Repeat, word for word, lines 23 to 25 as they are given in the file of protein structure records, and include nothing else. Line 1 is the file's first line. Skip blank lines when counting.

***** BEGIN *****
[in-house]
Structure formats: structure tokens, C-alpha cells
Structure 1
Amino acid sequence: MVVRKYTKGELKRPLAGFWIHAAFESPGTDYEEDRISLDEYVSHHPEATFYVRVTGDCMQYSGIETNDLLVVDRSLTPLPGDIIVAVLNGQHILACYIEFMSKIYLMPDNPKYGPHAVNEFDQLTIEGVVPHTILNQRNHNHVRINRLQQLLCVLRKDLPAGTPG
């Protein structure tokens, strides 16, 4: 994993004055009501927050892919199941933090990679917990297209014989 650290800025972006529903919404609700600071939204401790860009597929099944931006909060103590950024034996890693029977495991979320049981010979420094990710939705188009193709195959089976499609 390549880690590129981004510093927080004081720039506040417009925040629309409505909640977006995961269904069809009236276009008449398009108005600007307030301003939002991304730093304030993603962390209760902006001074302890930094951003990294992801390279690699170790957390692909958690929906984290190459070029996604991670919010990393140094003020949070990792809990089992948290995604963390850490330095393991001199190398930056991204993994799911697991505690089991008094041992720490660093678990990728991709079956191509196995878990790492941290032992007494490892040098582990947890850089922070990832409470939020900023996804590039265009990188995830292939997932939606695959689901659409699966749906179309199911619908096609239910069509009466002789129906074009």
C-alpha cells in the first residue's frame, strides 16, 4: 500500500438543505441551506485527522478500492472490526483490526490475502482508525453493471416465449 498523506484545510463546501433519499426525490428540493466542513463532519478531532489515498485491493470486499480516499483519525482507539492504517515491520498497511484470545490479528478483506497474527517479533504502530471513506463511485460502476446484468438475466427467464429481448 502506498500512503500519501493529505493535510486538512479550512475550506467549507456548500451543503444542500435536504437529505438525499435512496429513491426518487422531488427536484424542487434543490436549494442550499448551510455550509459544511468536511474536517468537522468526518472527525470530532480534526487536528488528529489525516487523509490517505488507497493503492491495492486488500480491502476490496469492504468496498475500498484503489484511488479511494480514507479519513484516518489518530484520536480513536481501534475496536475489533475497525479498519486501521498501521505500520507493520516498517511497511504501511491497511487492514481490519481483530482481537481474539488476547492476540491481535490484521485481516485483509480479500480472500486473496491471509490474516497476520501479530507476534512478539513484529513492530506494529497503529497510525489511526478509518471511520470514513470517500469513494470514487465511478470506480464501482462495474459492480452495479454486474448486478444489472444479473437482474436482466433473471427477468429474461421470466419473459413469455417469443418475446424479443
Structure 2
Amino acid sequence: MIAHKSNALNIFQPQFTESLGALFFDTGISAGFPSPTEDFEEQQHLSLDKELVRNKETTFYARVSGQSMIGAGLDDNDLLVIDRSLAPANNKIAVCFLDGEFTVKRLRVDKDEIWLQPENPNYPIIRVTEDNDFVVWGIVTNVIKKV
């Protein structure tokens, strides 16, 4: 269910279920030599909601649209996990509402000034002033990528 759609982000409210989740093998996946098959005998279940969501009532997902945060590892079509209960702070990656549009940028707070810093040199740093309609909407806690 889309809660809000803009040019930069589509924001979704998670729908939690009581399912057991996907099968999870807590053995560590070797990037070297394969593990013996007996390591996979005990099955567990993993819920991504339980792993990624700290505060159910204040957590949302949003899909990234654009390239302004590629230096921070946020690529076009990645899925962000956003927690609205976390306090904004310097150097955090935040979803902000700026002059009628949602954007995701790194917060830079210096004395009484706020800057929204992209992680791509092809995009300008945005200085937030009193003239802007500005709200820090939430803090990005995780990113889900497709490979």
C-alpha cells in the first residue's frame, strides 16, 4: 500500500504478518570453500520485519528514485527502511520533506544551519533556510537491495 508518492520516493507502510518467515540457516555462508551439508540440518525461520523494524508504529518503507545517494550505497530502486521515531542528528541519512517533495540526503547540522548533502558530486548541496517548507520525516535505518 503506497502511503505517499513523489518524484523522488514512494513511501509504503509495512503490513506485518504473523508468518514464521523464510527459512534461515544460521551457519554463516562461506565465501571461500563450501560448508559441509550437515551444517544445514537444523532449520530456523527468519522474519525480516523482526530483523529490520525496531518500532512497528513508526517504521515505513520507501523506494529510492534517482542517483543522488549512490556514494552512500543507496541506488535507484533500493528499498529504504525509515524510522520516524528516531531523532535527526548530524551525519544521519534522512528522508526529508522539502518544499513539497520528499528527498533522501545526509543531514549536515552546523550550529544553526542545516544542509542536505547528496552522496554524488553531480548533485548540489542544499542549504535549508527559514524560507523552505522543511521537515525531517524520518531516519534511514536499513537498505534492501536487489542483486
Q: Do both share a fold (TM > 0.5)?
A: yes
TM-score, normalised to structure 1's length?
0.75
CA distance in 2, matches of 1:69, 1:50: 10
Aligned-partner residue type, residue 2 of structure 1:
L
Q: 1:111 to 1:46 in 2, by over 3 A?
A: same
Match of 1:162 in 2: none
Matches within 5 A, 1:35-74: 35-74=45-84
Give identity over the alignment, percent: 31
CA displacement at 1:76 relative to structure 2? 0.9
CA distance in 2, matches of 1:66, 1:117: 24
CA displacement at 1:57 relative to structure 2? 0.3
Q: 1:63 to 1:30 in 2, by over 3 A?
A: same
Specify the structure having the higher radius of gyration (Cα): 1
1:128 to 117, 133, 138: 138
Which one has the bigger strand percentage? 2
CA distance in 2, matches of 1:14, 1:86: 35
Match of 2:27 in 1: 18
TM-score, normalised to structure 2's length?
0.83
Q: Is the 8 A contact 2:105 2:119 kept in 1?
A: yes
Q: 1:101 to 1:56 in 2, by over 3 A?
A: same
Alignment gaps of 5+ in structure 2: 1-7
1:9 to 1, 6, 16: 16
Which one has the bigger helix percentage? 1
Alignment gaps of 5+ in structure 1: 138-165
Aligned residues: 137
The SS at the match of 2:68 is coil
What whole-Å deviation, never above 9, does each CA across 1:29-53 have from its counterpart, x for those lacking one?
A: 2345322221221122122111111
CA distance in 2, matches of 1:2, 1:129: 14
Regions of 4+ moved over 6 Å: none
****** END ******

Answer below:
CA displacement at 1:76 relative to structure 2? 0.9
CA distance in 2, matches of 1:66, 1:117: 24
CA displacement at 1:57 relative to structure 2? 0.3